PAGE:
If your guitar is tuned properly, these chords should sound sweet - if they do not, check you are fingering them correctly and then try and figure out which string is not quite right. You can do this by picking one string at a time and seeing which one doesn't sound right. Then tune this string to a neighbouring string using the method outlined above. Repeat these steps until your guitar is fully in tune. With practice the act of tuning will get faster and more accurate and will also be good training for your musical ear, building skills that will come in very handy when you start improvising and jamming with other musicians.
Tuning With Harmonics
Once you have mastered the above tuning method, you should look into tuning using harmonics. A harmonic is a "bell like" tone that is produced by lightly touching a string of the guitar over some specific fret bars. The pitch of a harmonic is derived from the distance from the fret to the nut (as opposed to the fret to bridge) and so the pitch of the harmonic will get higher the closer to the nut it is played (the opposite way around to normally fretted notes).
When tuning a guitar though, it is two specific harmonics that we will use - the first is played with the finger very lightly touching the string directly over the fifth fret wire. The second is played directly over the seventh fret wire. In the same way that you tune the guitar to itself in the method above, this method tunes the string to a neighbouring string however instead of playing the strings as normal, you play the fifth fret harmonic on the source string (the bottom (E) string for example) and then play the seventh fret harmonic on the next string, (A) in this example.
Due to the very clear tone produced by natural harmonics, you get two really clear pitches to work with. You adjust the (A) string until it is in tune with the (E) string. You will notice as it gets close to being in tune, a strange warbling effect kicks in. This is often called "beats" and is a result of the interaction between the two vibrations and the way your brain perceives them. As you get nearer to perfect tuning, the beats will get slower until the eventually stop altogether and the two strings are perfectly in tune. This is really handy as it makes it a lot easier that trying to use your pitch perception to gauge the tuning of the strings.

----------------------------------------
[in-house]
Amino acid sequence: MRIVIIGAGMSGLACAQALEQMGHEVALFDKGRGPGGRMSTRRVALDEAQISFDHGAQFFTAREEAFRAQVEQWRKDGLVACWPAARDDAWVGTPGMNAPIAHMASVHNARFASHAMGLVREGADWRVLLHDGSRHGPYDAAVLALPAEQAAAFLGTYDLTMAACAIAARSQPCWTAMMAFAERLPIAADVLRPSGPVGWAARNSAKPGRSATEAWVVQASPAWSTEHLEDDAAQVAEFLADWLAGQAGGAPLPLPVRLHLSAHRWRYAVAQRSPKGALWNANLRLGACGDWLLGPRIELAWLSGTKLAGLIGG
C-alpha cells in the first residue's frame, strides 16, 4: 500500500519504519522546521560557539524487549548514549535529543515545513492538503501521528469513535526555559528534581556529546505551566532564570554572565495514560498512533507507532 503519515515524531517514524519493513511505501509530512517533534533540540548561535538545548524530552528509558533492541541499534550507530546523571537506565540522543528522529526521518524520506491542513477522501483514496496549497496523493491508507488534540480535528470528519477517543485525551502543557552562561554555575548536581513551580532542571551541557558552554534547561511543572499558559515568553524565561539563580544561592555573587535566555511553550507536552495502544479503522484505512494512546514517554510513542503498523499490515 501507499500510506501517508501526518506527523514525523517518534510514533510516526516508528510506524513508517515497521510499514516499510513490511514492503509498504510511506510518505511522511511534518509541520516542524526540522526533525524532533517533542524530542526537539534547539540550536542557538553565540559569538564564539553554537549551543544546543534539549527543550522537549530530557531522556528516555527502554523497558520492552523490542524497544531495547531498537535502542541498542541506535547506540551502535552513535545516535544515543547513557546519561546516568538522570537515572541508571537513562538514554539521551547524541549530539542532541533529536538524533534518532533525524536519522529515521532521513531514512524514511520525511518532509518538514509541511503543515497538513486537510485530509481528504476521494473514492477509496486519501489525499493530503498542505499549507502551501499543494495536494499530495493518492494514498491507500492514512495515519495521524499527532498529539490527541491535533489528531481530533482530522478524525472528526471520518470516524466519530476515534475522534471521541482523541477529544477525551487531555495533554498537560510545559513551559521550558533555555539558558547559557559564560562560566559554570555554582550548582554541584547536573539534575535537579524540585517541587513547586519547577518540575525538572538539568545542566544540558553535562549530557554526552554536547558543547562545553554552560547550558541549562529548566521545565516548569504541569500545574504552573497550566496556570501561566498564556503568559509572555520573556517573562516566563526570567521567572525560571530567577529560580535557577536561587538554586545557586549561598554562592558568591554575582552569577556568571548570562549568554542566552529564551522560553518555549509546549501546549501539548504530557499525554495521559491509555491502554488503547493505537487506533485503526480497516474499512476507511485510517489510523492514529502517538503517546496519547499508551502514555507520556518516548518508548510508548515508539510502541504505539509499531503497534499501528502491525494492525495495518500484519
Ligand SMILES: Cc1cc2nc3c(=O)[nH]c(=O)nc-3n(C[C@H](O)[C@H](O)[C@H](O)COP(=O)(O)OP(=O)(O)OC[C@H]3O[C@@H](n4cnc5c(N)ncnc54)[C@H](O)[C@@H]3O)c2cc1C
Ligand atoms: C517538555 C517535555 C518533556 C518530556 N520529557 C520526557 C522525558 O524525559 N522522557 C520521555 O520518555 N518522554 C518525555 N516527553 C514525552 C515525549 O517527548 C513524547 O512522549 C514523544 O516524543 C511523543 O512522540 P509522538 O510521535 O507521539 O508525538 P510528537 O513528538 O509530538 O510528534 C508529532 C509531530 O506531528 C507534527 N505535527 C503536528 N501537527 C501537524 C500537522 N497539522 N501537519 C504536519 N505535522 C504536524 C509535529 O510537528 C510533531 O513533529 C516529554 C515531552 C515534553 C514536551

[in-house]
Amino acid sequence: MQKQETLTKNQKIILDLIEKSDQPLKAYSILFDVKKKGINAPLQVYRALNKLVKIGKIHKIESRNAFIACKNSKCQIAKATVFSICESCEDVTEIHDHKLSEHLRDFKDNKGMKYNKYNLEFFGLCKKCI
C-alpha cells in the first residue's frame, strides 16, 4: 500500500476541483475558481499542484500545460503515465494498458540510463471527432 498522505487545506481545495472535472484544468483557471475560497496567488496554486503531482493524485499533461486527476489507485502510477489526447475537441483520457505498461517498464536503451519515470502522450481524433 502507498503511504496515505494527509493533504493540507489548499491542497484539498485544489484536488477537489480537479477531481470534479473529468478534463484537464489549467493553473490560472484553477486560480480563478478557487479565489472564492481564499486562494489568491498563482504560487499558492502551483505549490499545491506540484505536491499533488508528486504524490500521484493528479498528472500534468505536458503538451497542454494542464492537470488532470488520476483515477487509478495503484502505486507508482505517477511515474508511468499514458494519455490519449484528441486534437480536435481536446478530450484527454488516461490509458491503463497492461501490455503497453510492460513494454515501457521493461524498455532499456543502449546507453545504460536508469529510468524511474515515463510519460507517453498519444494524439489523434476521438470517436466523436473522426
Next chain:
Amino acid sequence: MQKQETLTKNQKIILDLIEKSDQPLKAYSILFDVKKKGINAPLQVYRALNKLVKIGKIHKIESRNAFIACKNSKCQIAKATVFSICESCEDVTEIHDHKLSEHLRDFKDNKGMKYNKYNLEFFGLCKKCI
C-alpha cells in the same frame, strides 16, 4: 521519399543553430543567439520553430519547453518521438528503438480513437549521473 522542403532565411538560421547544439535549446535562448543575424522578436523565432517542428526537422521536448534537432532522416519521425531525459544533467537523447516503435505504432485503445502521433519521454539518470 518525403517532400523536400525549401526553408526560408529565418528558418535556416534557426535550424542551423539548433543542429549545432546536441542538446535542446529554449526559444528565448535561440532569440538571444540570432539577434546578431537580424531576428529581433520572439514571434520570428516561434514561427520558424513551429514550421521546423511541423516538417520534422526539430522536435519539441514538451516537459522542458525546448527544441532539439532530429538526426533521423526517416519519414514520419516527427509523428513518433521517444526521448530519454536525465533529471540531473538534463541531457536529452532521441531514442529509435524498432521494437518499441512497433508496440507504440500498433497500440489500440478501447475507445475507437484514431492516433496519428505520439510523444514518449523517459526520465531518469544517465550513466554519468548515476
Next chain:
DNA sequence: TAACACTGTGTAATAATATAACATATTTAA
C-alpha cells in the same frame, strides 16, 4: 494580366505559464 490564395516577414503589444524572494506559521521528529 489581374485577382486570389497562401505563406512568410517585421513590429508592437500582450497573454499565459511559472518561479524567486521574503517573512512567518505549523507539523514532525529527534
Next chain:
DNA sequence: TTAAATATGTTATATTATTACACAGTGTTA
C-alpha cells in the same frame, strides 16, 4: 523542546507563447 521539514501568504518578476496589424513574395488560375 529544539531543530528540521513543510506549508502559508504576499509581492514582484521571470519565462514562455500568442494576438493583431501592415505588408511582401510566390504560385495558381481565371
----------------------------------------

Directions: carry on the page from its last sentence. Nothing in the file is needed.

Depending on how your guitar is set up, you may find that tuning with this method does not leave your guitar sounding sweet. This is because the tuning of a guitar is not totally perfect, but is in fact slightly out. The reasons behind this are a little complex and are not really important at the moment. If you want to read more about it, check out this detailed web page. All you need to know is that if you use this method, you will still need to check your tuning by playing a few chords and then make any minor adjustments to get it sounding sweet.
Tuning a Bass Guitar
It is very difficult to tune a bass guitar using the harmonics method as the thickness of the strings does not lend itself well to sounding clear, sustaining tones. Instead you should stick to using a tuner or using the "fifth fret" method. One thing to bear in mind is that a standard four string bass guitar is tuned exactly the same as a normal guitar, but is just tuned lower. One thing that you can do to make it easier if you are tuning to an normal guitar is to play the twelfth fret harmonic. The harmonic at the twelfth fret is the exact same pitch as the fretted note at the twelfth fret, but will ring out clearer than the fretted note and also frees up your hand for adjusting the machine heads.
If you are having problems getting your guitar tuned up, or want to ask any questions related to this article, simply